Rogue gangmasters alleged to have warned migrants they would be killed “like Alisa” if they failed to pay up
- Credit: Archant
Migrants who complained at their treatment by rogue gangmasters were warned they would be killed “like Alisa” if they did not pay up, a court heard.
The chilling reference to the death of Latvian teenager Alisa Dmitrijeva, whose body was found on the Queen’s Sandringham Estate in January 2012, came as a court heard the two men used fear and intimidation to control female workers.
Ivars Mezals, 28, and Juris Valujevs, 36, used fear and debt to control the workers who sometimes received £20 a week, Blackfriars Crown Court was told.
Mezals, of Conference Way, Wisbech, and Valujevs, of Cresswell Street, King’s Lynn, each deny acting as a gangmaster without a licence and another charge of fraud between January 2009 and October 2013.
Valujevs’ wife, Oksana Valujeva, 33, also of Cresswell Street, Lynn, and Lauma Vankova, 26, of Turbus Road, Lynn, are also on trial accused of helping the men coerce female workers to take part in sham marriages to repay “debts” they owed.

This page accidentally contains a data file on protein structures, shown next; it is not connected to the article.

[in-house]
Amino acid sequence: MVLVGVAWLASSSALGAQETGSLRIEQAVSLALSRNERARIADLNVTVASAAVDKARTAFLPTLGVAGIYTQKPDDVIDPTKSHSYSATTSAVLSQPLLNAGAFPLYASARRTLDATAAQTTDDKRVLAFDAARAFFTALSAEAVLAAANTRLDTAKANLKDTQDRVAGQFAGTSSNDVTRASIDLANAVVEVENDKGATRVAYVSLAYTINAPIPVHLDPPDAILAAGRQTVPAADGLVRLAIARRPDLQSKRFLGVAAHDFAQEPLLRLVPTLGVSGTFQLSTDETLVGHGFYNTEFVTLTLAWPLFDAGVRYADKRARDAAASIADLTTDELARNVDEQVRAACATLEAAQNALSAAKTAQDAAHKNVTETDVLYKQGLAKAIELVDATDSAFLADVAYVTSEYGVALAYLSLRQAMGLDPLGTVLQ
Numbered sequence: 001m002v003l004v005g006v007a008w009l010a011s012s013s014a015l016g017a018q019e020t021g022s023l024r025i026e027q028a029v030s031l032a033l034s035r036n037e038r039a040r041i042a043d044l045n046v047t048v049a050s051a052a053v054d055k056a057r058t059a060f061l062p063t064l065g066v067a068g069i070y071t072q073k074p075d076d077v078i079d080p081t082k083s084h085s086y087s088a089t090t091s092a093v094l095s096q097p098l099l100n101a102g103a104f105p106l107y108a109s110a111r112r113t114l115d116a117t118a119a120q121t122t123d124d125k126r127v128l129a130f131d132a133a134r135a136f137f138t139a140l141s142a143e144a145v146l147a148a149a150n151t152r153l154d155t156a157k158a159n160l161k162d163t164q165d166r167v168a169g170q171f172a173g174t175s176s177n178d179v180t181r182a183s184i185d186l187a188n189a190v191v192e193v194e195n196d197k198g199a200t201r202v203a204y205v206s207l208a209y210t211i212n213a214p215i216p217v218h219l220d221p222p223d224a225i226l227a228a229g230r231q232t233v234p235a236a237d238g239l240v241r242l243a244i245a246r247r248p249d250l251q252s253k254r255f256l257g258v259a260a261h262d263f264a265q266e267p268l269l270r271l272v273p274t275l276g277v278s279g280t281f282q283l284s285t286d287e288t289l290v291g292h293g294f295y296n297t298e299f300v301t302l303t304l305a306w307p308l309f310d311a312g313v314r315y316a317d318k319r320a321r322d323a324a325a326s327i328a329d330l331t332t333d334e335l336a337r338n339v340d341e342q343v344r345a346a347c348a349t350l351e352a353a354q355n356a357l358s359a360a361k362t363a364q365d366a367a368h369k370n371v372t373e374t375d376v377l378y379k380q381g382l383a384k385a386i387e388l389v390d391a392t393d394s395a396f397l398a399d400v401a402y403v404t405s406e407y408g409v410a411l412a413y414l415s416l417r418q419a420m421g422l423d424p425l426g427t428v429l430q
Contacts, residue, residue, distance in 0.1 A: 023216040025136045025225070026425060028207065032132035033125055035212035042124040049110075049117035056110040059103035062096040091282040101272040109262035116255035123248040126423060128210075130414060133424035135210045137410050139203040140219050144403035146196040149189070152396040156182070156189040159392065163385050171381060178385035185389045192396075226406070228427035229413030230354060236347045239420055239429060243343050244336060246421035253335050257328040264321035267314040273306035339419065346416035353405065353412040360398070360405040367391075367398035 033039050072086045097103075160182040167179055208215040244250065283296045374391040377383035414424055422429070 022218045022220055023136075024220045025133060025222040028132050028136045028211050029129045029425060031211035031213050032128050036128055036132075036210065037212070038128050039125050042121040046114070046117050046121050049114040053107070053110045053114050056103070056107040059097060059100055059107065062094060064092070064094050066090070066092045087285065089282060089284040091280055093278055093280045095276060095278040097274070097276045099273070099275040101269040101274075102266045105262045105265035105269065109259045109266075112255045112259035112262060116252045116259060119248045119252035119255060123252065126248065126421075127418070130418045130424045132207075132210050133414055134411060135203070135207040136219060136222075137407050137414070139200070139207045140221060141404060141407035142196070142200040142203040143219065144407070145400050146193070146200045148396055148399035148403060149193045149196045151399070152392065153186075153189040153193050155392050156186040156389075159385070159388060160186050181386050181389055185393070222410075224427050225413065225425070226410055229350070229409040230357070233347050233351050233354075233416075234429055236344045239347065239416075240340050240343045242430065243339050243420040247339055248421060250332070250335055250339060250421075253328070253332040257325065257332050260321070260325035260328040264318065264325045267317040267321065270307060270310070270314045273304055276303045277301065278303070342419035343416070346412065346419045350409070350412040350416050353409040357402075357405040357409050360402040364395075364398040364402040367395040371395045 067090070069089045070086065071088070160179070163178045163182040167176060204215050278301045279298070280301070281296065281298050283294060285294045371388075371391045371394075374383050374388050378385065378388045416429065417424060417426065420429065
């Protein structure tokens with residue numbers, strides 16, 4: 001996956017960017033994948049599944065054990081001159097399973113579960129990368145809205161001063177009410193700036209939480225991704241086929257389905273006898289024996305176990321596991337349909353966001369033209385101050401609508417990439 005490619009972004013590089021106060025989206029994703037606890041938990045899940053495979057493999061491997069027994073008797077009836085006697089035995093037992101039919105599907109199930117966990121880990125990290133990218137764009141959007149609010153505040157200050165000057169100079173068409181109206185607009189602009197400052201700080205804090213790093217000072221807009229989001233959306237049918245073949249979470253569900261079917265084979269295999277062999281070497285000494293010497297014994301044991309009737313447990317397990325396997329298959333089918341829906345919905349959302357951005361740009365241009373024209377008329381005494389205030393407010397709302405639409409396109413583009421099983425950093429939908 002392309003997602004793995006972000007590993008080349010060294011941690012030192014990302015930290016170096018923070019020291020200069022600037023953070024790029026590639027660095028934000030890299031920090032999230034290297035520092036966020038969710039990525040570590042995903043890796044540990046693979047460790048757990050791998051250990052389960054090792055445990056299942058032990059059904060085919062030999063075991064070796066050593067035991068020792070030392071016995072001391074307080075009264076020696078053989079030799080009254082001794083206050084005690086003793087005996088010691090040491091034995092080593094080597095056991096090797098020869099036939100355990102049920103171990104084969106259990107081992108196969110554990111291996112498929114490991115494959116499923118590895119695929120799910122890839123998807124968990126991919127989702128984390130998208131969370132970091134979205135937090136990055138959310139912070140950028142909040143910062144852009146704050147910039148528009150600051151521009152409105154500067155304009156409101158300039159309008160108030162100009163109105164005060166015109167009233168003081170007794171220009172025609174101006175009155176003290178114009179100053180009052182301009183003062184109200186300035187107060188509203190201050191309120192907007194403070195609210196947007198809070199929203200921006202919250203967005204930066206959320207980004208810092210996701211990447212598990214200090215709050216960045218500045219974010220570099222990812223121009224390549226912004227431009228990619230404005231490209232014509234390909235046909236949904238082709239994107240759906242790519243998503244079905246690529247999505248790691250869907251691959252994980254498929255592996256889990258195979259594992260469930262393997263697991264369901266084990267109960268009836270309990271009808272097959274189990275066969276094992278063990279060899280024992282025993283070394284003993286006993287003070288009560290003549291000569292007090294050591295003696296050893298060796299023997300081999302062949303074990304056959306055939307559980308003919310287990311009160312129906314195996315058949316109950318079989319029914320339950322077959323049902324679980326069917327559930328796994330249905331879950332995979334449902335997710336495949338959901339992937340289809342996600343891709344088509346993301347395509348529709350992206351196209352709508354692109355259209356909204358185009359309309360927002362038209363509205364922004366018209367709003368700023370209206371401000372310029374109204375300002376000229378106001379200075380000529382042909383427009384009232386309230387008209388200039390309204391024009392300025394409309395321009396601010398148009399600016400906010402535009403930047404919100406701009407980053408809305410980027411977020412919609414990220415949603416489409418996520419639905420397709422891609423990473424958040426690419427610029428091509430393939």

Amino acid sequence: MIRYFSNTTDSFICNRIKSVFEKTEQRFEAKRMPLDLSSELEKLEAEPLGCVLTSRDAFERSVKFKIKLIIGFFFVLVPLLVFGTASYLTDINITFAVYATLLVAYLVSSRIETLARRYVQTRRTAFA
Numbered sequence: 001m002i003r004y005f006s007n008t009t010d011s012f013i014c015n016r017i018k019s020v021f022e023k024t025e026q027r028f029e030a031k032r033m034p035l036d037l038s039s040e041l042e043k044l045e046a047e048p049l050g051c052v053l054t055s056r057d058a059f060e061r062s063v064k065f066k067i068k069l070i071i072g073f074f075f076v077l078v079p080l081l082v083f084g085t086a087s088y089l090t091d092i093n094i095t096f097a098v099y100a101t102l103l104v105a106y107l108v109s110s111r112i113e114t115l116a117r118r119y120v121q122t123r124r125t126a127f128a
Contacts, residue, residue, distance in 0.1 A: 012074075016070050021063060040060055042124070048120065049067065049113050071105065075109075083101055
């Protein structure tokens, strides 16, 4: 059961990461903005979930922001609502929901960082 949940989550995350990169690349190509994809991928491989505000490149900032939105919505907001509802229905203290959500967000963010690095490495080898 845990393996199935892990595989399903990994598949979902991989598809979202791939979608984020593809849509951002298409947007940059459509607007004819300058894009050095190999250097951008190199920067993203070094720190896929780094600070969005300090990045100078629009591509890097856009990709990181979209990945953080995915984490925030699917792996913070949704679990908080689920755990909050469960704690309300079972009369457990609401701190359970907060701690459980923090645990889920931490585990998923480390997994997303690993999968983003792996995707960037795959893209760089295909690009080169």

You may also want to watch:
Gregory Perrins, prosecuting, said one woman was fined £100 a day when she was unable to work because her child was ill.
Migrants who complained about their unfair debt were told: “If you don’t pay, your life will be ended like Alisa’s.”
- 1 BMW driver 'intentionally rammed' Ford car on A142 before fleeing scene
- 2 Binmen revolt over alleged bullying, poor pay, low morale and staffing crisis
- 3 Lucky Cambridgeshire neighbours win People's Postcode Lottery
- 4 Drug dealer racially abused police officer
- 5 Person cut out of car after two-vehicle crash
- 6 Football club ‘disappointed’ after vandals damage toilet facilities
- 7 Woman pedestrian in her 50s killed in guided busway crash
- 8 Woman has heart attack and dies in ambulance waiting for a hospital bed
- 9 Ramsey woman to appear in court to face drug dealing charges
- 10 Piled wall will resolve major King's Dyke crossing obstacle
Two men were arrested in connection with the death of Miss Dmitrijeva, 17, who disappeared in August 2011. But neither was ever charged and an inquest last month heard that a cause of death could not be established.
The trial is expected to last 10 weeks.